As a department we’re taking the time this year to completely refresh and overhaul our KS3 curriculum, which is both exciting and more engaging. This last half term, children have been studying the Earth’s Spheres.

Year 7 have been introduced to the Lithosphere.  The Sphere that studies the Earth’s crust, including landforms, rocks and soils.  They have been introduced to the rock cycle, rock types found across the UK and geological timescales.  We were so impressed by the range & size of some of the rocks children carried to school with them as part of this unit. Perhaps more impressive was the length of time some of these boulders stayed at the bottom of school bags!

In Year 8, taking their knowledge & understanding of rock types, children have developed their understanding of plate tectonics and continental drift.  Origami fortune tellers have been turned into volcano quizzes and cross-sections of the Earth – Reminding lots of the lost art of paper folding.  Volcanic eruptions in Guatemala and Hawaii from last year were studied in class, just before New Zealand experienced the eruption of White Island volcano this week, once again reminding us that Geographical processes have a profound impact across the world.

The Atmosphere and hydrosphere are introduced to children in year 9 to continue examining the Earth’s key systems. They’ve developed their understanding of this thin, fragile layer of gases that surrounds the Earth. A key part of this unit has been understanding cloud types and being able to identify how these link to weather systems. The Cumbrian weather did not disappoint and provided us with excellent examples of both depressions and anti-cyclones, as if on cue for each lesson taught. Children have also re-considered the Hydrosphere – Linking to previous units on rivers & oceans, it’s a timely reminder to consider the water not on the surface of the Earth, but in rain & clouds.  For a while it was refreshing to see #SBCloudSpotting appear on Instagram as the challenge was set to spot & name clouds in the sky.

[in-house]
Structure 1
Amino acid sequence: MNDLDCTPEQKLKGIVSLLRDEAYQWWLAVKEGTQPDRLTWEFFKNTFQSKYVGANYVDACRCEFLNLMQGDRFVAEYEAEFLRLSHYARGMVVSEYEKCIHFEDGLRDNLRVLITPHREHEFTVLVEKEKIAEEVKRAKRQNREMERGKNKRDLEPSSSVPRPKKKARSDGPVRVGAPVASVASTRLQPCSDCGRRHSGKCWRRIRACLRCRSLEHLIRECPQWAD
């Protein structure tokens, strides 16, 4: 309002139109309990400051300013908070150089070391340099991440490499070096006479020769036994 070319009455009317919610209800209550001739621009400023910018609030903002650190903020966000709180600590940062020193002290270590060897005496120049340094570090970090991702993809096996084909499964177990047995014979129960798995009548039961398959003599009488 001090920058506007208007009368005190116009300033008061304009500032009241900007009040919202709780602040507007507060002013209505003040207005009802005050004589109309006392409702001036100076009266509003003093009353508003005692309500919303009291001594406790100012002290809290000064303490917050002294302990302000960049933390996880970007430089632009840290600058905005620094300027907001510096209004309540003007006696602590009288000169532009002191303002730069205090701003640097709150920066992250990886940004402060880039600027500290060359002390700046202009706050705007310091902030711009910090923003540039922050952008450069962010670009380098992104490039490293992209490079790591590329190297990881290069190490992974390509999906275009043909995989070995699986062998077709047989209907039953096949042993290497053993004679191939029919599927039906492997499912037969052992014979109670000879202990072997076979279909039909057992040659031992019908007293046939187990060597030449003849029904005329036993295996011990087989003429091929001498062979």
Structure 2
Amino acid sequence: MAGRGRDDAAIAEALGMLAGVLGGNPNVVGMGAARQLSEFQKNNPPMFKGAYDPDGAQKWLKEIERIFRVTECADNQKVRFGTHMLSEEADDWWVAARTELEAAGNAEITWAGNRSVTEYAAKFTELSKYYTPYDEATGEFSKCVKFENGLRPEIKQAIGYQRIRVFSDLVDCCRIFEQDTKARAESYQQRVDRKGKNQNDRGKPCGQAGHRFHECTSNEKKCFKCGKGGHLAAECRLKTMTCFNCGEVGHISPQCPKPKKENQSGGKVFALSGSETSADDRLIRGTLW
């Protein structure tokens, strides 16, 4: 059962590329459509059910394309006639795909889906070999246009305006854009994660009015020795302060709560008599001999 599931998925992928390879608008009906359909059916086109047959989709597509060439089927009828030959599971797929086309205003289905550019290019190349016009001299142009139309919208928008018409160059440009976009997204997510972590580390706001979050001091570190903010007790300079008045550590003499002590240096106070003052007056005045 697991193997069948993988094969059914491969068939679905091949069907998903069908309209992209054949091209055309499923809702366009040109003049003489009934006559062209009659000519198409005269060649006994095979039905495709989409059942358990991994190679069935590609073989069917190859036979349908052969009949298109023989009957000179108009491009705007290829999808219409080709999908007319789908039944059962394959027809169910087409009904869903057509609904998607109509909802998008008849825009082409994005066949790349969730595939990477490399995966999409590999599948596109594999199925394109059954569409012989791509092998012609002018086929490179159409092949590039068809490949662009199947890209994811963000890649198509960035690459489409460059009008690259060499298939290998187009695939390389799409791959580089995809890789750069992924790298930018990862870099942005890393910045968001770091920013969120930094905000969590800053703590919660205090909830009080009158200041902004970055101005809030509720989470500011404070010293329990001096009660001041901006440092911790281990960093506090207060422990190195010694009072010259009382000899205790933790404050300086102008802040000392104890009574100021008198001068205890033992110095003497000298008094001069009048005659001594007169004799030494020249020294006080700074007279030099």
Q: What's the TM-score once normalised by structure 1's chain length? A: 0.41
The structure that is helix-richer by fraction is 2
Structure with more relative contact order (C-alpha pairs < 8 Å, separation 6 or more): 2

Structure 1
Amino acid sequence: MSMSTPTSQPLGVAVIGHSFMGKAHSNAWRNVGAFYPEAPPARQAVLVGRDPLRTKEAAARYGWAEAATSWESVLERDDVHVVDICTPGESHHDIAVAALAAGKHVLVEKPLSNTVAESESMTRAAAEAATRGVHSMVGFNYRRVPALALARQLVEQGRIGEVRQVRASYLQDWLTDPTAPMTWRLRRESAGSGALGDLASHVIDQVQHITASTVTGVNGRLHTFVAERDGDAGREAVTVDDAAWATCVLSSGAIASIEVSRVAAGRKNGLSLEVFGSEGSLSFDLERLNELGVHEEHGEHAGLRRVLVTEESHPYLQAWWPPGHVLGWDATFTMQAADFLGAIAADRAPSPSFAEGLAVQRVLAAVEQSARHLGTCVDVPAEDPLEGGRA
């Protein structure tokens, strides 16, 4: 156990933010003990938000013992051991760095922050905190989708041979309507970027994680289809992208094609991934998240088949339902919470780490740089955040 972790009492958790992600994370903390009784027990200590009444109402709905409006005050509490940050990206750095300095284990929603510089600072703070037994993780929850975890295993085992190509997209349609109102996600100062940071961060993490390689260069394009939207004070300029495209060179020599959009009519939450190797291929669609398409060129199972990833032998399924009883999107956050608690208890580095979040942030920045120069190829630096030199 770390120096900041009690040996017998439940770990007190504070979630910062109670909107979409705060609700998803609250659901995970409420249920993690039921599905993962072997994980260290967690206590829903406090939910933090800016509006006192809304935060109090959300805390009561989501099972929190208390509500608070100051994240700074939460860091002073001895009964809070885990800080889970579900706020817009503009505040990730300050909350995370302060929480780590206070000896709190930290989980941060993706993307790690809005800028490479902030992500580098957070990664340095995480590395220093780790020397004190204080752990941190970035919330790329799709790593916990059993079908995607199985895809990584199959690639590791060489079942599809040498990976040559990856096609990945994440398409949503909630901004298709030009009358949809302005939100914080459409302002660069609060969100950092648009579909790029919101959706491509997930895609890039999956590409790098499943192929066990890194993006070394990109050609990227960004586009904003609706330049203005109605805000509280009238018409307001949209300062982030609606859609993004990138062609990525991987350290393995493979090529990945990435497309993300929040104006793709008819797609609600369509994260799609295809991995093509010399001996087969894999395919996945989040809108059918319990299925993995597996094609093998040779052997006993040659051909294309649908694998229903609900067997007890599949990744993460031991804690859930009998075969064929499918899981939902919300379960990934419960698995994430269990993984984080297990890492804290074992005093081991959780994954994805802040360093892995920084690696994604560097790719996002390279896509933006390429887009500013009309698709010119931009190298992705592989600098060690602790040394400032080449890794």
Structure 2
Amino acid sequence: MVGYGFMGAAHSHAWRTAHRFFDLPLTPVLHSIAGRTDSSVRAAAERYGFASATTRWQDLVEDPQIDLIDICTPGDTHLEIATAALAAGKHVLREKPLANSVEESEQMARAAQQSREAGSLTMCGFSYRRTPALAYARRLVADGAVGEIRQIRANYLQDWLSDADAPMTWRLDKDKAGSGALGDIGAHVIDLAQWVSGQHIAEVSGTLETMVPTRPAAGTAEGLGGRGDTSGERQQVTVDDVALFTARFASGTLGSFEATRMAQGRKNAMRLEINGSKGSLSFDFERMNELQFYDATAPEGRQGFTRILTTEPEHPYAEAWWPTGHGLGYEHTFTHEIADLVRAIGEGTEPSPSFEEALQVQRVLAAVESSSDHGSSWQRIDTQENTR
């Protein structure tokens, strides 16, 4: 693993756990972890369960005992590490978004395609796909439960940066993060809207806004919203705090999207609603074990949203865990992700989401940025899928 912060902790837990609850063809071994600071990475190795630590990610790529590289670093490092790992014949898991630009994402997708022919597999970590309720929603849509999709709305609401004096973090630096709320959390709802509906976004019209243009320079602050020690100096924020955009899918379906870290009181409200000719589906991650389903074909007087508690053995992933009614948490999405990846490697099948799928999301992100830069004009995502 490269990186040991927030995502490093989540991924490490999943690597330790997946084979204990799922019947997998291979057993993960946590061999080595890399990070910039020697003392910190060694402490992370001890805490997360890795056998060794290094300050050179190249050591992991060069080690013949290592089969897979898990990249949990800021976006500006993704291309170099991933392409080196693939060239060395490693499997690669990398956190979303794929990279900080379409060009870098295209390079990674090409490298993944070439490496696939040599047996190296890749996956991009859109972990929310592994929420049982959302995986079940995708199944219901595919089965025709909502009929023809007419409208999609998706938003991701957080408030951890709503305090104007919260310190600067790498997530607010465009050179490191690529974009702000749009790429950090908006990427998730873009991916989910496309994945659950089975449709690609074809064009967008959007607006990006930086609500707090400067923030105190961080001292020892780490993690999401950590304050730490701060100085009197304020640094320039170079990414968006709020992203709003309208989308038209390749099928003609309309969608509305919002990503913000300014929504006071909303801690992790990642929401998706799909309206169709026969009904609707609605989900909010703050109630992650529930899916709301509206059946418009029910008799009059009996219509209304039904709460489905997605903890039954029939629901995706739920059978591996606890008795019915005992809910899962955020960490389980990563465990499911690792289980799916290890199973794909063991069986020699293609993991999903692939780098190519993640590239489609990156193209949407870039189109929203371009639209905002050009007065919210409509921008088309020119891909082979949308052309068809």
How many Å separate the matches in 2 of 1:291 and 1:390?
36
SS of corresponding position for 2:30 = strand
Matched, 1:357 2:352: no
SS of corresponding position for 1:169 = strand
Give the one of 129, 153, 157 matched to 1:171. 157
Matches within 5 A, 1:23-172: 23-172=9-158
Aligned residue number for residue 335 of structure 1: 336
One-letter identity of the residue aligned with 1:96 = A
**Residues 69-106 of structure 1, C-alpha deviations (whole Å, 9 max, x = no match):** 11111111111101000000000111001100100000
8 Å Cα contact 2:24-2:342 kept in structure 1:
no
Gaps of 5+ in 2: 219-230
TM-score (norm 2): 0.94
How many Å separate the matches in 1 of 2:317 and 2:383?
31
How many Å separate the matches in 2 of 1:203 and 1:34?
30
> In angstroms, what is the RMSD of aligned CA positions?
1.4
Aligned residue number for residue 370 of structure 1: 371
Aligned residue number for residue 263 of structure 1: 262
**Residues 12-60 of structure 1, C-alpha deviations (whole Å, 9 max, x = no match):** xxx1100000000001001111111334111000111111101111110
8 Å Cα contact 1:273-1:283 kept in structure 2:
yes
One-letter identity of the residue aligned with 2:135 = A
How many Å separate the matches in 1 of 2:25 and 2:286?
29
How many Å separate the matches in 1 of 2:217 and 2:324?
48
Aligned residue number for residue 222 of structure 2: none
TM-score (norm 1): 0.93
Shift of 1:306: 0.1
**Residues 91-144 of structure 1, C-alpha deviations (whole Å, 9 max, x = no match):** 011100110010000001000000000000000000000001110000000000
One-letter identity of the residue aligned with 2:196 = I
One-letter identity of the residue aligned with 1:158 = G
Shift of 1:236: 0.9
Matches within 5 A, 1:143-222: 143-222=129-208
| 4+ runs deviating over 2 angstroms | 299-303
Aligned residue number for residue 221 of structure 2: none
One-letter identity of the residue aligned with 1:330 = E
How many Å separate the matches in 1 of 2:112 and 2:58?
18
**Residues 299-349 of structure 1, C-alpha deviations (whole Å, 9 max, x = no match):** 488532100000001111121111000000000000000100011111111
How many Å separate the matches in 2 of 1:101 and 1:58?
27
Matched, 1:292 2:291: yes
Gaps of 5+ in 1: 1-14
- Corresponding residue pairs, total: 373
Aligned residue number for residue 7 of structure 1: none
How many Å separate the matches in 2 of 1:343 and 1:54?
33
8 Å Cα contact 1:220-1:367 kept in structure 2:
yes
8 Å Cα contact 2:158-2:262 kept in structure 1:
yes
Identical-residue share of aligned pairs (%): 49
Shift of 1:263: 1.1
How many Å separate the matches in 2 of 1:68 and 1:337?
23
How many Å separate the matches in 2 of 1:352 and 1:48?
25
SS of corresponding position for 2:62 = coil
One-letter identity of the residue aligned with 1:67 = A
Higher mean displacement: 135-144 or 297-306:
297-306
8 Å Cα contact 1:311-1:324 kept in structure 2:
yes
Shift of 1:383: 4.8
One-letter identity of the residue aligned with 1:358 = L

Our exam classes have worked tirelessly since September and we’re so proud of the progress being made by Year 11 Geographers and those in Years 12 & 13, who are focused and determined to succeed. SENECA online revision tools are helping to guide revision over the next 6 months as we approach the exam season. 

We were pleased to host a Cumberland Geological Society lecture on carbon capture and storage in the lecture theatre earlier this term. It was particularly heartening to see so many of our sixth form students attend.  Video conferencing facilities have now been established within the department to enable communications with professionals in a range of geographical fields from across the world who can’t travel to West Cumbria – Watch this space for exciting developments!

As we look to the Christmas holidays, Year 12 students have been reminded of the importance of celebrating in a sustainable way.  Encouraging others of the benefits of local sourcing when it comes to buying gifts and the positive impacts of recycling packaging carefully to ensure we minimise the impact we have on our planet.  For anyone who wants a Geographical Christmas Challenge – See if you can calculate the food miles you consume this Christmas and tell us in the New Year.

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